Two Brothers, One Kidney…All Love. (Pt. 2)

Two Brothers, One Kidney…All Love. (Pt. 2)

Matt ProbusFeatured Collaborator

Soulivity Magazine

This is the second stop in a three-leg trip through my kidney donation adventure.  If you didn't get a chance to read my first article, check it out in last month's issue.

After coming to grips with the fact that I was actually going to give a kidney to my older brother, I counted the months, the weeks, and finally the days until the surgery.  It was scheduled for January 15, 2016.  I hadn't come to rest on whether I thought of it as a late Christmas present to Mike or a twisted New Year's resolution in the making for me.  As the date grew closer, the two sides of the coin of life became ever clearer to me: the reality of mortality and the beauty of life.  The transplant team had continually stressed to me that a possible risk of the surgery was death.  Yes, death.  This was serious surgery.  People die in surgery.  People certainly die in serious surgery.  I had to realize and accept the possibility that I could die in surgery.  Even typing this, I can't repeat it enough.  I was told I could die.

At 52, I knew I was no spring chicken, but I had never thought about my own death in those real terms – with a date certain.  Now I did.  A lot.  But at the same time that I contemplated my own death—well at least the possibility of it—I saw vividly (clearly, sharply, even in Technicolor) the beauty of life.  Not some grand notion of life – oh, the depth or complexity thereof, blah blah blah – but the simple wonder of every tiny thing that made up each day of being alive.  Wind on my face.  Clouds drifting overhead.  The curve of my wife's neck.  A smile on a stranger's face at the grocery store.  I couldn't walk through my day without seeing every little part of life like it was being pulled apart, put on a conveyor belt, and rolled before me at a crawl.  And I loved every minute of it.  At night I wanted to watch my wife's face as she drifted off to sleep.  In the morning, I wanted to sit beside her in bed until the last minute before I knew I absolutely had to get up and get dressed for work.  I thought about my childhood.  I thought about my dad who passed away too young.  I thought about my daughter the day she was born and the first time she ran to me when I got home from work and the way she looked when she went to her first dance with a boy.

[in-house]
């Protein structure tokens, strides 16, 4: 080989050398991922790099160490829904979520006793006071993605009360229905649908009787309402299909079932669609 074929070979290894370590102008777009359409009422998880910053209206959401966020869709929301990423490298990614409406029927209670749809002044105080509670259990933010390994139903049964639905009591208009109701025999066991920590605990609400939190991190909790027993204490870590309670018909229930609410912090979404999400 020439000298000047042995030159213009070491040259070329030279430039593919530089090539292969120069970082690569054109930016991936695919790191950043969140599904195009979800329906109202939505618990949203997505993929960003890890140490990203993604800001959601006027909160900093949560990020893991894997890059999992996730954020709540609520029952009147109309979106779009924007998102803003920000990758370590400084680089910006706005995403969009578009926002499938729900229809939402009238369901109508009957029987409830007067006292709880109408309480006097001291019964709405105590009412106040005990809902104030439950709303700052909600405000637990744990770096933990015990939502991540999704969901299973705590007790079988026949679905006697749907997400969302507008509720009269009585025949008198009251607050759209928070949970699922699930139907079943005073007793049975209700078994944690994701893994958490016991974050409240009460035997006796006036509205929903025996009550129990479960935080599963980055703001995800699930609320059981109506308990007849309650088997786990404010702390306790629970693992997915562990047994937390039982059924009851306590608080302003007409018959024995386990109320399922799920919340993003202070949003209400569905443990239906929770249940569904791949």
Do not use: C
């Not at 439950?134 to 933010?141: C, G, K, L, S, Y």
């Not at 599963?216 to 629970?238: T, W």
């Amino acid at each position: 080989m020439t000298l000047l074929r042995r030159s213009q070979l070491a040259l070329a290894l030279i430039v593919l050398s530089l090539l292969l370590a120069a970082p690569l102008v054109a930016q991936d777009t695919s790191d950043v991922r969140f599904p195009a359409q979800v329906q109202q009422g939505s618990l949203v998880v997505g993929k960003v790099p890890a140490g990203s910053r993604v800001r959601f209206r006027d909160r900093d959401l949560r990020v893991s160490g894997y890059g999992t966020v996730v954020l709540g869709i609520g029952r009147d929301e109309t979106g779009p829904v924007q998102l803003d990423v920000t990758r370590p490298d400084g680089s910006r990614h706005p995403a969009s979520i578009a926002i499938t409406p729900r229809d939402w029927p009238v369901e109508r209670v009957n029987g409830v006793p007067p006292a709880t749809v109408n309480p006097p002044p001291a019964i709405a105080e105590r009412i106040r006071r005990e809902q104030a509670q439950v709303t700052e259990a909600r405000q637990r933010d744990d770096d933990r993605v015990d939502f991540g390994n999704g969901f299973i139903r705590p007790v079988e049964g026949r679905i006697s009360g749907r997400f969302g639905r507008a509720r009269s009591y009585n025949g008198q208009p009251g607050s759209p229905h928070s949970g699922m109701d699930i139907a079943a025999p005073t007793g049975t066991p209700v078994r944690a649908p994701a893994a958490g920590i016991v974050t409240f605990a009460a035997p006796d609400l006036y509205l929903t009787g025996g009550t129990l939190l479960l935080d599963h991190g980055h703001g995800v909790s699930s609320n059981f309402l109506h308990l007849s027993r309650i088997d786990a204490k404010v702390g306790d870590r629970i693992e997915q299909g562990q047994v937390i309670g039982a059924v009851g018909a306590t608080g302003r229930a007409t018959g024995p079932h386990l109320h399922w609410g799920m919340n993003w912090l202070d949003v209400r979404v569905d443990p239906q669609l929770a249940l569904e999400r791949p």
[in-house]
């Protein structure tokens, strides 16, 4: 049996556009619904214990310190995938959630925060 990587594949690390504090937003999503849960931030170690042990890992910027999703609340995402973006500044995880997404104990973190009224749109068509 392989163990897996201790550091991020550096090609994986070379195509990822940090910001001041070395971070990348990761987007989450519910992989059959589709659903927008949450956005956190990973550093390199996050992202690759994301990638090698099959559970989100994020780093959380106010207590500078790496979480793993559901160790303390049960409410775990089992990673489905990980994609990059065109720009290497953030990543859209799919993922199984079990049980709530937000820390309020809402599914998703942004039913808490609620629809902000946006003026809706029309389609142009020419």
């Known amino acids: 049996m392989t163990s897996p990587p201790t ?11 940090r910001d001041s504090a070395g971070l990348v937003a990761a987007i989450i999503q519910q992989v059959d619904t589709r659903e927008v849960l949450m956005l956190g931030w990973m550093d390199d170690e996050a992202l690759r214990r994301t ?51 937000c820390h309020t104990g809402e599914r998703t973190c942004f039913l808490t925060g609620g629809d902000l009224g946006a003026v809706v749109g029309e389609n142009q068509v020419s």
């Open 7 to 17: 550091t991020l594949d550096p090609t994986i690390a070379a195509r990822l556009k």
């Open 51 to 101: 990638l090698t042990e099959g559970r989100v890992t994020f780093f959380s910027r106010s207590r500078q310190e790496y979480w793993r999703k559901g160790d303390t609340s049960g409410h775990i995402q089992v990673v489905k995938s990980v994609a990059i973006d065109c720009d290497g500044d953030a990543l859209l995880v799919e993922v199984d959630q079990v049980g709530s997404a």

The day before the surgery came, and I thought I was ready for it.  You are never ready for something like that.  In the previous article, I didn't describe my many appointments and tests in the nine months leading up to the surgery, but the all day sessions in San Antonio at the transplant center were grueling.  Donors have to arrive at a ridiculously early hour of the morning, which meant leaving Houston at "dark-thirty" to arrive on time.  The day before the surgery was no different.  We had to arrive first thing in the morning.  After a long drive in pitch-black dark on I-10, we wandered into reception at the transplant center.  Mike and Luz walked in shortly after we did.

Our first stop was for blood work and urine samples.  This was the first time Mike and I were at the transplant center together.  After those tests, we all went upstairs to see the transplant coordinator, who walked us through exactly what would happen the day of the surgery and the days and weeks following surgery.  After that we toured the transplant hospital so we could see exactly where we would be during each step of the process.  After the tour, Mike and I split up to meet separately with our respective surgeons.